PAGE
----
Japan Geoscience Union Meeting 2018

Presentation information

[EJ] Oral

S (Solid Earth Sciences) » S-CG Complex & General

[S-CG57] Dynamics in mobile belts

Wed. May 23, 2018 10:45 AM - 12:15 PM A05 (Tokyo Bay Makuhari Hall)

convener:Yukitoshi Fukahata(Disaster Prevention Research Institute, Kyoto University), Toru Takeshita(Department of Natural History Sciences, Graduate School of Science, Hokkaido University), Hikaru Iwamori(海洋研究開発機構・地球内部物質循環研究分野), Chairperson:Shigematsu Norio, Takeshita Toru

12:00 PM - 12:15 PM

[SCG57-24] Development of the Median Tectonic Line fault zone, Mie Prefecture, southwest Japan: Strain localization and softening

*Toru Takeshita1, Thomas Anthony Czertowicz1, Dong Van Bui1, Shun Arai2, Takafumi Yamamoto3, Jun-ichi Ando3, Norio Shigematsu4, Koichiro Fujimoto5 (1.Department of Natural History Sciences, Graduate School of Science, Hokkaido University, 2.Department of Earth Science, Graduate School of Science, Tohoku University, 3.Department of Earth and Planetary Systems Science, Hiroshima University, 4.Research Institute of Earthquake and Volcano Geology, Geological Society of Japan, Natural Institute of Advanced Industrial Science and Technology, 5.Tokyo Gakugei University)

Keywords:Median Tectonic Line, mylonite, cataclasite, quartz c-axis fabric, strain localization, weakening in fault zones

The Median Tectonic line (MTL), southwest Japan is the largest-scale fault in Japan, which extends for c. 800 km in the forearc region parallel to the trench. The MTL was originally formed as a broad mylonite zone, which was later overprinted by the formation of narrow cataclasite zones with decreasing temperature during exhumation. In the present paper, we will describe how strain localization occurred in the MTL fault zone, and discuss what is responsible for this strain localization.

In this area (Tsukide, Iidaka-town, Matsusaka-city, Mie Prefecture), The MTL strikes E-W, and dips north at c. 60 degrees (Shigematsu et al., 2012, Tectonophysics). The MTL fault zone in the north side consists of c. 80 m wide cataclasite zone overlain by weakly fractured protomylonite. The cataclasite zone perhaps formed prior to the formation of the MTL (juxtaposition of the Ryoke against the Sambagawa rocks). The cataclasite zone consists of fractured protomylonite at some distance from the MTL, and mylonite and ultramylonite in direct proximity to it.

In this research, geological survey has been conducted in the area up to c. 800 m north from the MTL. As a result, it has been found that there are other two mylonite zones than the one in direct proximity to the MTL, and also a few cataclasite zones which overprint these off-MTL mylonite zones other than the one in direct proximity to the MTL. We have analyzed both microstructures and c-axis fabrics in recrystallized quartz grains with a SEM-EBSD from samples systematically collected in these protomylonite and mylonite zones.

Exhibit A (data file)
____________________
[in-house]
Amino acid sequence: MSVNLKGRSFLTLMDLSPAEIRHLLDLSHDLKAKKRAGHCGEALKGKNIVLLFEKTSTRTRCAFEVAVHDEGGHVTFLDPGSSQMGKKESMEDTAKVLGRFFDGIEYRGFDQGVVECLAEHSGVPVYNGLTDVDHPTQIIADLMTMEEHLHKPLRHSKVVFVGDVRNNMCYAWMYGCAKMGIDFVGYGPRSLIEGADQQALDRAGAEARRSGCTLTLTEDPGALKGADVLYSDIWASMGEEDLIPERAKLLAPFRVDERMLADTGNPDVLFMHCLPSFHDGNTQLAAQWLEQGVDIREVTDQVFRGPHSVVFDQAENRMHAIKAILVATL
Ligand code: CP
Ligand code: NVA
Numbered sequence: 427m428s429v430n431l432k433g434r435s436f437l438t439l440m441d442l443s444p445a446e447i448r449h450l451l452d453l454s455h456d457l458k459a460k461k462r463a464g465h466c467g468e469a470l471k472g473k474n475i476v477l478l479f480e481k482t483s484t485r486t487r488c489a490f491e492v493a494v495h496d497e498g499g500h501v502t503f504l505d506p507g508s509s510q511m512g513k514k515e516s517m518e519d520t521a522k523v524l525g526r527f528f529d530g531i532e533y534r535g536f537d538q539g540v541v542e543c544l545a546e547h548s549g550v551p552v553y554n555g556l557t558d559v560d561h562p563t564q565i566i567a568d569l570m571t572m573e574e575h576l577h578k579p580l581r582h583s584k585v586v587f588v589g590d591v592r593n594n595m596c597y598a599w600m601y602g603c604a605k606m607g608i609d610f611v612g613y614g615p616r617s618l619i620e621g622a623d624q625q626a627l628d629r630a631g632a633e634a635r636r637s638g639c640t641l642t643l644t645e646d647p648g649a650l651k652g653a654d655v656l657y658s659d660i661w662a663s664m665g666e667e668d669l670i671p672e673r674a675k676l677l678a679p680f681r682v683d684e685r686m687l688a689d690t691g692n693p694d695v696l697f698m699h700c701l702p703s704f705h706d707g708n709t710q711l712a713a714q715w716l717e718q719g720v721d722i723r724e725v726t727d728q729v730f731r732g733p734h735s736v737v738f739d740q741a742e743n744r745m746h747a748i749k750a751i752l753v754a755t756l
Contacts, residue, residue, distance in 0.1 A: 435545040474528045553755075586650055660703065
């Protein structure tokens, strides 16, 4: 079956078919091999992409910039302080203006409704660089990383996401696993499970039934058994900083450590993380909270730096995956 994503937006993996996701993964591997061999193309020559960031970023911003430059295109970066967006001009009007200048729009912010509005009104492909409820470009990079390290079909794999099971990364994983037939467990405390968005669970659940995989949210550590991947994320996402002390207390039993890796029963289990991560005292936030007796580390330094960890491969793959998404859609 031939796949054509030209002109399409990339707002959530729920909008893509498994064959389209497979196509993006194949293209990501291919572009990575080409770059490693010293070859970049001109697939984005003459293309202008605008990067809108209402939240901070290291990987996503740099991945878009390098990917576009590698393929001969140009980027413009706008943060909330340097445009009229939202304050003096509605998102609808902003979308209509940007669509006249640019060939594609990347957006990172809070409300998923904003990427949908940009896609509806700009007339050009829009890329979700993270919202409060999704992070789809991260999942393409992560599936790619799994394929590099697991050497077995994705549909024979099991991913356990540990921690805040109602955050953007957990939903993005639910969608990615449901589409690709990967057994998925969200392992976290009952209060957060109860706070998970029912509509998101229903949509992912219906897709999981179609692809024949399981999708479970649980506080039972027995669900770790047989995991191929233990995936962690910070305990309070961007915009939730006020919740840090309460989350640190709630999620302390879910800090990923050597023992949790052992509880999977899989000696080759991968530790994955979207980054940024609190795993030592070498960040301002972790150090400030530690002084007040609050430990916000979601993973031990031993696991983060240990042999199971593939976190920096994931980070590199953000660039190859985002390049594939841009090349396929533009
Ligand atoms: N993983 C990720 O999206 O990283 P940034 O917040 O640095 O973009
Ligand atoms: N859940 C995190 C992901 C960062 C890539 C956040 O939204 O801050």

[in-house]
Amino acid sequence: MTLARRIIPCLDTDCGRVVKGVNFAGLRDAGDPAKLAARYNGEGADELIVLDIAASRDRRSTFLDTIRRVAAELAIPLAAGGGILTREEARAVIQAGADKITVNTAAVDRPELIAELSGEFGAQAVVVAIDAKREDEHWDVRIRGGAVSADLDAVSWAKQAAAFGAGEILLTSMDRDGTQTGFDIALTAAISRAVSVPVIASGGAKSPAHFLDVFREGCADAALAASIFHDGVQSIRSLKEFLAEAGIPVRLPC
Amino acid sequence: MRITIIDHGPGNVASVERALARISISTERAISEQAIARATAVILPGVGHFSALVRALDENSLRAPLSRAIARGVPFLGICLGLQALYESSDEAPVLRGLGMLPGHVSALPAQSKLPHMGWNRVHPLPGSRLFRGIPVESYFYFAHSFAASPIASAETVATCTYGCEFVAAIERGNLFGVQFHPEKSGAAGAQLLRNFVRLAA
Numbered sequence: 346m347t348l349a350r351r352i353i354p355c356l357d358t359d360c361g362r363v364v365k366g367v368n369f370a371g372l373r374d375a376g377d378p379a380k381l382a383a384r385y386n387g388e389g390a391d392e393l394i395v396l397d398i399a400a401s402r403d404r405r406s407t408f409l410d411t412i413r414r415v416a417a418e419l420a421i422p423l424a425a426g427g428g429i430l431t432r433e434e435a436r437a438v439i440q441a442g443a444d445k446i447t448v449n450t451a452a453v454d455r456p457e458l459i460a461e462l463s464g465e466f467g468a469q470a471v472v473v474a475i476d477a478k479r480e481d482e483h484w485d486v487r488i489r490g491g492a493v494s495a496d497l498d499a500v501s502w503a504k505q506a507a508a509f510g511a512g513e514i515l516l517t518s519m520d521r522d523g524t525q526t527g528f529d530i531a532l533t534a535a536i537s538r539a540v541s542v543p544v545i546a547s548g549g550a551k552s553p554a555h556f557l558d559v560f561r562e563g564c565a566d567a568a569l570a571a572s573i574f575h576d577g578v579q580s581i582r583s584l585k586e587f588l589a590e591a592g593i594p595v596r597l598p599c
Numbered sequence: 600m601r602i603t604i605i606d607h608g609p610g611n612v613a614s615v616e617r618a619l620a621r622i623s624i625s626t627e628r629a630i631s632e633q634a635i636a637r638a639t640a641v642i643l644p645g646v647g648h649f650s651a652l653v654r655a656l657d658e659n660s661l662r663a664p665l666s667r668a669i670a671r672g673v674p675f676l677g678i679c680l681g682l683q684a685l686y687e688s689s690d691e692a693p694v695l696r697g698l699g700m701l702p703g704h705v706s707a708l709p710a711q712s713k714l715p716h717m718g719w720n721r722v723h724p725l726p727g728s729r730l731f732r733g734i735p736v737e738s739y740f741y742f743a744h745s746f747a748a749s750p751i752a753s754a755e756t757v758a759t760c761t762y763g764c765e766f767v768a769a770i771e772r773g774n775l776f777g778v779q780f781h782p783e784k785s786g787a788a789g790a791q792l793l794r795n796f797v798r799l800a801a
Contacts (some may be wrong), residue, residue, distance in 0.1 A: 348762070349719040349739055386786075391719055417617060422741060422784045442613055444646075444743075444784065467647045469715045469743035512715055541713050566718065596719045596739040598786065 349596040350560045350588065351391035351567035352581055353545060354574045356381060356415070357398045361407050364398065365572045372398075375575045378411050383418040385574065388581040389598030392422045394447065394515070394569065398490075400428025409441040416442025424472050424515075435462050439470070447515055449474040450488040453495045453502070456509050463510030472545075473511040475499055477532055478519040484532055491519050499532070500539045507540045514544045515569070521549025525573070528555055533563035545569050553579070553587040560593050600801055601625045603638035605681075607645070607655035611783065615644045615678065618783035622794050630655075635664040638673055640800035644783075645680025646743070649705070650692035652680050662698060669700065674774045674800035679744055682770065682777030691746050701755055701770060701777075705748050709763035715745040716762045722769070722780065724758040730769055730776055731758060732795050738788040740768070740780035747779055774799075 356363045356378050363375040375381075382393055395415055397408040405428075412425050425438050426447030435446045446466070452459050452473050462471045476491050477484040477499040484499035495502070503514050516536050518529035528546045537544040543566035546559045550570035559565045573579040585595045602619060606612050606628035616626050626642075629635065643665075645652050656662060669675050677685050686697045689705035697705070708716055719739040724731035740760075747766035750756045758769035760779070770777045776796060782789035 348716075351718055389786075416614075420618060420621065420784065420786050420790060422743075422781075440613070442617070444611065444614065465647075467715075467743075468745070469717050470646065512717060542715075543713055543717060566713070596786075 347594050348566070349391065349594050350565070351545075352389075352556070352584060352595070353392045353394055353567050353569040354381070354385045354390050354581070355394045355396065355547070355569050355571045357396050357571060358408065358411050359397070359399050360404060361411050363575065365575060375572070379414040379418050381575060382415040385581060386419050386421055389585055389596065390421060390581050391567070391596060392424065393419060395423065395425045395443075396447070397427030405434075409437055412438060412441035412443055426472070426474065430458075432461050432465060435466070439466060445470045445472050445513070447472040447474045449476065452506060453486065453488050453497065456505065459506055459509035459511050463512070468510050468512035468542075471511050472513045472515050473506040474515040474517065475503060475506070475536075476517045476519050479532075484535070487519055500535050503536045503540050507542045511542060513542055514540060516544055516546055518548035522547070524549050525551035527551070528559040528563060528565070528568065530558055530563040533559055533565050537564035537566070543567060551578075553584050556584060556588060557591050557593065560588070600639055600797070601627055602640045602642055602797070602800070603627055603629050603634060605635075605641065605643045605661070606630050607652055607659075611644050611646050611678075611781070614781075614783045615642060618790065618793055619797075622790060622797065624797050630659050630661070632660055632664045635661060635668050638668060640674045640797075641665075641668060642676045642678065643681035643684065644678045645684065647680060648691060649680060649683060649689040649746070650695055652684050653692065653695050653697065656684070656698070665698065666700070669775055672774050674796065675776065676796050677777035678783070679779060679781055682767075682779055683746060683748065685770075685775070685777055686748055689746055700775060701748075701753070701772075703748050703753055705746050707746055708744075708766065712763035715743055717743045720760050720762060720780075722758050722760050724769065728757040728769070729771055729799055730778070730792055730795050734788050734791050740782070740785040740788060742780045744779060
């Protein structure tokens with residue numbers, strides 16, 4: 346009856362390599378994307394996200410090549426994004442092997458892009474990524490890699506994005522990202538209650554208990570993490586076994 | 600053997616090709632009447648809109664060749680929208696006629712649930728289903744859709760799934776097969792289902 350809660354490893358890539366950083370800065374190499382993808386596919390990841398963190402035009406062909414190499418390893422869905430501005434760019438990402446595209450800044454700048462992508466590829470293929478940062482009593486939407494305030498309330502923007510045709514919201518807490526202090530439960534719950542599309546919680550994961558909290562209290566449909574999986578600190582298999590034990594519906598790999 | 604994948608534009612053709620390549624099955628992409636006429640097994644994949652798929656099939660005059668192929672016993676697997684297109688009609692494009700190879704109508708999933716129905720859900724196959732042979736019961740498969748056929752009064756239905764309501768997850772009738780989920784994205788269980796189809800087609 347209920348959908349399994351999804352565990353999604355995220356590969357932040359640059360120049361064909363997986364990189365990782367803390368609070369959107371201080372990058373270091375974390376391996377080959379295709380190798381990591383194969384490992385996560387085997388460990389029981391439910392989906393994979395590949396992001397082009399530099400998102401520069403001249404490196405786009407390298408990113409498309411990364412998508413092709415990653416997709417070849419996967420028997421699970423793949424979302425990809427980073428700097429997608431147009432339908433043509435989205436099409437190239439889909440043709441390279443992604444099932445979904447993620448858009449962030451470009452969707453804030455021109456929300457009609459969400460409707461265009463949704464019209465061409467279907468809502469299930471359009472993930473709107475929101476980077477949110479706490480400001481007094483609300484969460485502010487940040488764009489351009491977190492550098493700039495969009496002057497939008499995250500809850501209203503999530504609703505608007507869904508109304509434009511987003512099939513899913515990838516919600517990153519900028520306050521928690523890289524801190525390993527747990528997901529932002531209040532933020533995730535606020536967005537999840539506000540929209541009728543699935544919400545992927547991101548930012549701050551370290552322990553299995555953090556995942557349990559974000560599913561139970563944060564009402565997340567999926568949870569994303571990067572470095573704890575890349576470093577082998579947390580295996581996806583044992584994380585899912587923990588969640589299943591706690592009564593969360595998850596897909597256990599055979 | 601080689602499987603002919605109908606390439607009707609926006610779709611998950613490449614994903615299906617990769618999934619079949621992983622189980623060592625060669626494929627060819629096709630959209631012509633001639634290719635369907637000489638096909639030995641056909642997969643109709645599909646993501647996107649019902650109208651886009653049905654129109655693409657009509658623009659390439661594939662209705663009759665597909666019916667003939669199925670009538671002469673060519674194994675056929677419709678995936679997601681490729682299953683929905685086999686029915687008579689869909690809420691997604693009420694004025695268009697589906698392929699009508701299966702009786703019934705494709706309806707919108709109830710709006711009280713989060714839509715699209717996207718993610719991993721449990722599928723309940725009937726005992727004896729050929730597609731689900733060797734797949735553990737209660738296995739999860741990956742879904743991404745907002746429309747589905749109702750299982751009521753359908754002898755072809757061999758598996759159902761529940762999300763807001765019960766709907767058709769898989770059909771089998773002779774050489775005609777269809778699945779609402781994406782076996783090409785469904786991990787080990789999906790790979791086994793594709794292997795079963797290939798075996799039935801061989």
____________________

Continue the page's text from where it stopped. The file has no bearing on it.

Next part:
In most of the samples, quartz c-axis fabrics showing a Y-maximum pattern, where the quartz c-axis preferentially aligns parallel to the intermediate stain axis (Y), develop, which are accompanied by type-II crossed girdles intersecting at the Y-axis. On the other hand, in ultramylonite in direct proximity to the MTL, protomylonite at the MTL cataclasite front and mylonite located c. 300 m north from the MTL, a type I crossed girdle quartz c-axis fabric locally develops, which consists of small circles of 30 degree angular radius about the Z (shortening)-axis connected to a great circle through the Y-axis. In the type I crossed girdle c-axis fabric, a rhomb-maxima, which consist of concentration of the quartz c-axis parallel to the orientation at 38 degrees off the Y-axis along the YZ-plane, develop.

The size of quartz recrystallized grains is coarse, 140 microns in the mylonite zone thicker than 100 m located 500 m or more north from the MTL, which decrease to 20-30 microns in the mylonite zone 300 m north from the MTL and protomylonite in direct proximity to the MTL, and further to less than 10 microns in ultramylonite in direct proximity to the MTL. However, it has been found that in protomylonite in direct proximity to the MTL the formation of quartz recrystallized grains with size of 20-30 microns overprinted relatively coarse quartz recrystallized grains with size of c. 70 microns.

Based on the results of microstructural analyses mentioned above, the strain localization processes are interpreted in the following way. First, the Y-maximum quartz c-axis fabric was formed at the temperature conditions of 400-500 degrees (Takeshita, 1996, Journal of Geological Society of Japan), at low differential stresses in all the three mylonite zones. With decreasing temperature, the northernmost mylonite zone stopped to deform, and the two southern mylonite zones continued to deform at relatively high stresses. With further decreasing temperature, only the ultramylonite zone and part of the mylonite zone 300 m north from the MTL continued to deform at temperature conditions of c. 300-400 degrees at very high stresses, leading to the formation of a type I crossed girdle quartz c-axis fabric. At this stage, the strain along the MTL became localized essentially in a narrow zone along the MTL. Although the reason for strain localization is uncertain, it would be most probable that fluids percolated along the narrow zone along the MTL, which perhaps weakened this zone. Otherwise, the northernmost mylonite zone, which is rich in quartz and K-feldspar, and hence mineralogically weaker, could have developed into the MTL fault zone